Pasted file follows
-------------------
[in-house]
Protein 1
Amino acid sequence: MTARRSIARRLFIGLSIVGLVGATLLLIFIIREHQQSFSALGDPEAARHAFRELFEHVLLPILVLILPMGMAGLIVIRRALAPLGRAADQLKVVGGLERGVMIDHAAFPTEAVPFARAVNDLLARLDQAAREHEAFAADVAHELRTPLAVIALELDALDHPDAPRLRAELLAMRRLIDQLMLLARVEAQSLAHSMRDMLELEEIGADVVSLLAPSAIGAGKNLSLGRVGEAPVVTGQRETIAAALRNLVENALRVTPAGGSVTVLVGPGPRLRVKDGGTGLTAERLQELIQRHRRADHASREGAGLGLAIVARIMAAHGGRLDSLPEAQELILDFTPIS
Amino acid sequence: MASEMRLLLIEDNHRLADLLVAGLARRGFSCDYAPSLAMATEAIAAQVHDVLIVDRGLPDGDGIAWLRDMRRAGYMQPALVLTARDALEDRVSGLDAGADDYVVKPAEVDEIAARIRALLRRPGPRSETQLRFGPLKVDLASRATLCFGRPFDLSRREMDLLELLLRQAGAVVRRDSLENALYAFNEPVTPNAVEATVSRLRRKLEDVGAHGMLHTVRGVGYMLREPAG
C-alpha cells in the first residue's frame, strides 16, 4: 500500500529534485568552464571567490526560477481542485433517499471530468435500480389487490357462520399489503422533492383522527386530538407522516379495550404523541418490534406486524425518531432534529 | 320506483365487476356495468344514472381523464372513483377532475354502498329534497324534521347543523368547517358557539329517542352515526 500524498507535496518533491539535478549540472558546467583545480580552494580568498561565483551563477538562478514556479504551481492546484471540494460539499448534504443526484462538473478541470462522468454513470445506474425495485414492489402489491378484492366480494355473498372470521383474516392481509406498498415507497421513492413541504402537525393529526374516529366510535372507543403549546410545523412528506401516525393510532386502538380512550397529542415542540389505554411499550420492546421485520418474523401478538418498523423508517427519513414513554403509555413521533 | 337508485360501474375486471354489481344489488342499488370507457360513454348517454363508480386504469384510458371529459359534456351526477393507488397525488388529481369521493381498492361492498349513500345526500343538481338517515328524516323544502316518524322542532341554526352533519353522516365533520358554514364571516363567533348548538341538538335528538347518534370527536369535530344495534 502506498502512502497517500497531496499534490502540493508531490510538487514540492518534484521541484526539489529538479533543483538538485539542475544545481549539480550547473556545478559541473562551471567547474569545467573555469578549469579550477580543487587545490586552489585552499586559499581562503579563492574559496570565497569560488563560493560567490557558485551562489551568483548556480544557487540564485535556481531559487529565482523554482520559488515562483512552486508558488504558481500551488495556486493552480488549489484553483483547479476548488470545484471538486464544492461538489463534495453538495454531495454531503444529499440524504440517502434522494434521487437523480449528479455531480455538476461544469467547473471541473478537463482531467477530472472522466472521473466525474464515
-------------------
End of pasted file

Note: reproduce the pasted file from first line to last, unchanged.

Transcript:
[in-house]
Protein 1
Amino acid sequence: MTARRSIARRLFIGLSIVGLVGATLLLIFIIREHQQSFSALGDPEAARHAFRELFEHVLLPILVLILPMGMAGLIVIRRALAPLGRAADQLKVVGGLERGVMIDHAAFPTEAVPFARAVNDLLARLDQAAREHEAFAADVAHELRTPLAVIALELDALDHPDAPRLRAELLAMRRLIDQLMLLARVEAQSLAHSMRDMLELEEIGADVVSLLAPSAIGAGKNLSLGRVGEAPVVTGQRETIAAALRNLVENALRVTPAGGSVTVLVGPGPRLRVKDGGTGLTAERLQELIQRHRRADHASREGAGLGLAIVARIMAAHGGRLDSLPEAQELILDFTPIS
Amino acid sequence: MASEMRLLLIEDNHRLADLLVAGLARRGFSCDYAPSLAMATEAIAAQVHDVLIVDRGLPDGDGIAWLRDMRRAGYMQPALVLTARDALEDRVSGLDAGADDYVVKPAEVDEIAARIRALLRRPGPRSETQLRFGPLKVDLASRATLCFGRPFDLSRREMDLLELLLRQAGAVVRRDSLENALYAFNEPVTPNAVEATVSRLRRKLEDVGAHGMLHTVRGVGYMLREPAG
C-alpha cells in the first residue's frame, strides 16, 4: 500500500529534485568552464571567490526560477481542485433517499471530468435500480389487490357462520399489503422533492383522527386530538407522516379495550404523541418490534406486524425518531432534529 | 320506483365487476356495468344514472381523464372513483377532475354502498329534497324534521347543523368547517358557539329517542352515526 500524498507535496518533491539535478549540472558546467583545480580552494580568498561565483551563477538562478514556479504551481492546484471540494460539499448534504443526484462538473478541470462522468454513470445506474425495485414492489402489491378484492366480494355473498372470521383474516392481509406498498415507497421513492413541504402537525393529526374516529366510535372507543403549546410545523412528506401516525393510532386502538380512550397529542415542540389505554411499550420492546421485520418474523401478538418498523423508517427519513414513554403509555413521533 | 337508485360501474375486471354489481344489488342499488370507457360513454348517454363508480386504469384510458371529459359534456351526477393507488397525488388529481369521493381498492361492498349513500345526500343538481338517515328524516323544502316518524322542532341554526352533519353522516365533520358554514364571516363567533348548538341538538335528538347518534370527536369535530344495534 502506498502512502497517500497531496499534490502540493508531490510538487514540492518534484521541484526539489529538479533543483538538485539542475544545481549539480550547473556545478559541473562551471567547474569545467573555469578549469579550477580543487587545490586552489585552499586559499581562503579563492574559496570565497569560488563560493560567490557558485551562489551568483548556480544557487540564485535556481531559487529565482523554482520559488515562483512552486508558488504558481500551488495556486493552480488549489484553483483547479476548488470545484471538486464544492461538489463534495453538495454531495454531503444529499440524504440517502434522494434521487437523480449528479455531480455538476461544469467547473471541473478537463482531467477530472472522466472521473466525474464515